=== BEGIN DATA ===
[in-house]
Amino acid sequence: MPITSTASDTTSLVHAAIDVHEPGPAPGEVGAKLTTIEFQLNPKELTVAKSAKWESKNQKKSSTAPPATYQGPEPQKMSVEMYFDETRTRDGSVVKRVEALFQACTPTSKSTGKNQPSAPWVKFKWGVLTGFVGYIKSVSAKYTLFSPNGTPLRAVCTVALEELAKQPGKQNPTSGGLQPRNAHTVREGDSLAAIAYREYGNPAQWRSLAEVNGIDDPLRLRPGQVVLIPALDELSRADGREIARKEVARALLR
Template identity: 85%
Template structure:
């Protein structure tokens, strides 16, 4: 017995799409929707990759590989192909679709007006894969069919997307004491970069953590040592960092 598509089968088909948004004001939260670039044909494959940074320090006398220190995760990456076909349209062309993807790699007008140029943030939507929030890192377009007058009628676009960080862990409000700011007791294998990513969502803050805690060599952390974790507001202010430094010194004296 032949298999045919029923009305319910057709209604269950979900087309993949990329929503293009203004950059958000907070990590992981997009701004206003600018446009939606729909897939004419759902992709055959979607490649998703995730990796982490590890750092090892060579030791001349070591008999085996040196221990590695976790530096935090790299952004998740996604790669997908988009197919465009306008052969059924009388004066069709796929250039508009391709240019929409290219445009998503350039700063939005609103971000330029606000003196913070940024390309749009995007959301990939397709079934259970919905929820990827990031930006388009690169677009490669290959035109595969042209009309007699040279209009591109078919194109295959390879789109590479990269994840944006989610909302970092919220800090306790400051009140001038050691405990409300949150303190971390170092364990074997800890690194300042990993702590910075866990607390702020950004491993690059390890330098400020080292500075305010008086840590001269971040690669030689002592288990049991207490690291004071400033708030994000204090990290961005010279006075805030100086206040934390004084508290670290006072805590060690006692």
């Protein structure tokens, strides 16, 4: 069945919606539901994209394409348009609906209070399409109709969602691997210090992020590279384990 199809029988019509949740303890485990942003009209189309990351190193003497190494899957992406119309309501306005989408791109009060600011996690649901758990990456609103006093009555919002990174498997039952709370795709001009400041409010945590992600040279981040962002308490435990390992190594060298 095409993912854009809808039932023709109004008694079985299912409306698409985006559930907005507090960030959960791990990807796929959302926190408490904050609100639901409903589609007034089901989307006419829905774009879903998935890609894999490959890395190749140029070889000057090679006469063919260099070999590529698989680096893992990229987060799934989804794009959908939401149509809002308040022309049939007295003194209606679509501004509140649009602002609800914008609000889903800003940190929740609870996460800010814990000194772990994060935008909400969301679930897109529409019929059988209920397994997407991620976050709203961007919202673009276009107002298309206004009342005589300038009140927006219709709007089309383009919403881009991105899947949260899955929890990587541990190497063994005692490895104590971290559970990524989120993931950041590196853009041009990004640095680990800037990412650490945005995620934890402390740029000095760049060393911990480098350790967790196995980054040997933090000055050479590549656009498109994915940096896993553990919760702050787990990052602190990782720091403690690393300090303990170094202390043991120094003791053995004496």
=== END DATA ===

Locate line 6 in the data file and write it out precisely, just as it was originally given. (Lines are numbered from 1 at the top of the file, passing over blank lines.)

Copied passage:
């Protein structure tokens, strides 16, 4: 069945919606539901994209394409348009609906209070399409109709969602691997210090992020590279384990 199809029988019509949740303890485990942003009209189309990351190193003497190494899957992406119309309501306005989408791109009060600011996690649901758990990456609103006093009555919002990174498997039952709370795709001009400041409010945590992600040279981040962002308490435990390992190594060298 095409993912854009809808039932023709109004008694079985299912409306698409985006559930907005507090960030959960791990990807796929959302926190408490904050609100639901409903589609007034089901989307006419829905774009879903998935890609894999490959890395190749140029070889000057090679006469063919260099070999590529698989680096893992990229987060799934989804794009959908939401149509809002308040022309049939007295003194209606679509501004509140649009602002609800914008609000889903800003940190929740609870996460800010814990000194772990994060935008909400969301679930897109529409019929059988209920397994997407991620976050709203961007919202673009276009107002298309206004009342005589300038009140927006219709709007089309383009919403881009991105899947949260899955929890990587541990190497063994005692490895104590971290559970990524989120993931950041590196853009041009990004640095680990800037990412650490945005995620934890402390740029000095760049060393911990480098350790967790196995980054040997933090000055050479590549656009498109994915940096896993553990919760702050787990990052602190990782720091403690690393300090303990170094202390043991120094003791053995004496």